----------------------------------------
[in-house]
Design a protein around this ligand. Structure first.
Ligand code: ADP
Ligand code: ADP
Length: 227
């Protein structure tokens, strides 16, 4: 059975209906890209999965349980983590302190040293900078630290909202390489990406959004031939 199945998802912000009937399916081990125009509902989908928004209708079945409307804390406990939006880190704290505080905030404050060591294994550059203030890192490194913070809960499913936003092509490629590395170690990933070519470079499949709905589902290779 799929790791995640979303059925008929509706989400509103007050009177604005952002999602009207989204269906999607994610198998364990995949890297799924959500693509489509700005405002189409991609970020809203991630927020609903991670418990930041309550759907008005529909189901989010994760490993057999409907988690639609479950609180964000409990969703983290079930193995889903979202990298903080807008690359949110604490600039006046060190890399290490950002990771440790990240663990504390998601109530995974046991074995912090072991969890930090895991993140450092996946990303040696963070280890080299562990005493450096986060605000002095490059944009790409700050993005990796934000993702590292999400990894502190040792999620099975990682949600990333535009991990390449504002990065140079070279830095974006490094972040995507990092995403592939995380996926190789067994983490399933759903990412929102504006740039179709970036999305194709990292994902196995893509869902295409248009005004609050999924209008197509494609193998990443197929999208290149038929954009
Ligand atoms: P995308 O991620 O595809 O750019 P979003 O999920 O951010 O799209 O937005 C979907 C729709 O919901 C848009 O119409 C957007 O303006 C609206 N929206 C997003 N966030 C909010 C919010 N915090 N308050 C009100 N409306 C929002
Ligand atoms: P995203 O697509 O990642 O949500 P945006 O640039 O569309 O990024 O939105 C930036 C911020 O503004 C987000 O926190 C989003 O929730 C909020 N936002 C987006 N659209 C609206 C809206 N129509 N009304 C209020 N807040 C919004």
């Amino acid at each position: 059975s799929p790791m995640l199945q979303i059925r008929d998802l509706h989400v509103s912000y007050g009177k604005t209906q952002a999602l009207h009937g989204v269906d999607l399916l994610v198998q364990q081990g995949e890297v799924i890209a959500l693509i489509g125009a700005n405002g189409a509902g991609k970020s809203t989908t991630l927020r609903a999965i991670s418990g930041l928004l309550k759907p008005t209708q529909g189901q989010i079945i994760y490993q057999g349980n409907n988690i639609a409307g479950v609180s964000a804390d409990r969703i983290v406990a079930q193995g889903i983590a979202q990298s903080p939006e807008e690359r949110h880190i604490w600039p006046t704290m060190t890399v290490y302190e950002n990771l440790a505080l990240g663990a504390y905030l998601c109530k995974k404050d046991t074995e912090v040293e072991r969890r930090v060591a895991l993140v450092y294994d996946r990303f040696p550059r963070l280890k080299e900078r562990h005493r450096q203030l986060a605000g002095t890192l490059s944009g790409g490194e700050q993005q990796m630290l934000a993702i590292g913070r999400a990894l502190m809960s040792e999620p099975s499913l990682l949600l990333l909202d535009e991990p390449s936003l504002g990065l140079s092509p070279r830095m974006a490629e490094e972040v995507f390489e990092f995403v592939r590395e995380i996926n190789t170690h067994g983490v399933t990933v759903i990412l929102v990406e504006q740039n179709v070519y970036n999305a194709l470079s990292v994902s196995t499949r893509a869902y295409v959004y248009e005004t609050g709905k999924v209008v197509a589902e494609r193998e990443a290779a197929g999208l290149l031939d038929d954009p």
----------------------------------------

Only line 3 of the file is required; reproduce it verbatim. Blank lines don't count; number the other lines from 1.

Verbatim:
Ligand code: ADP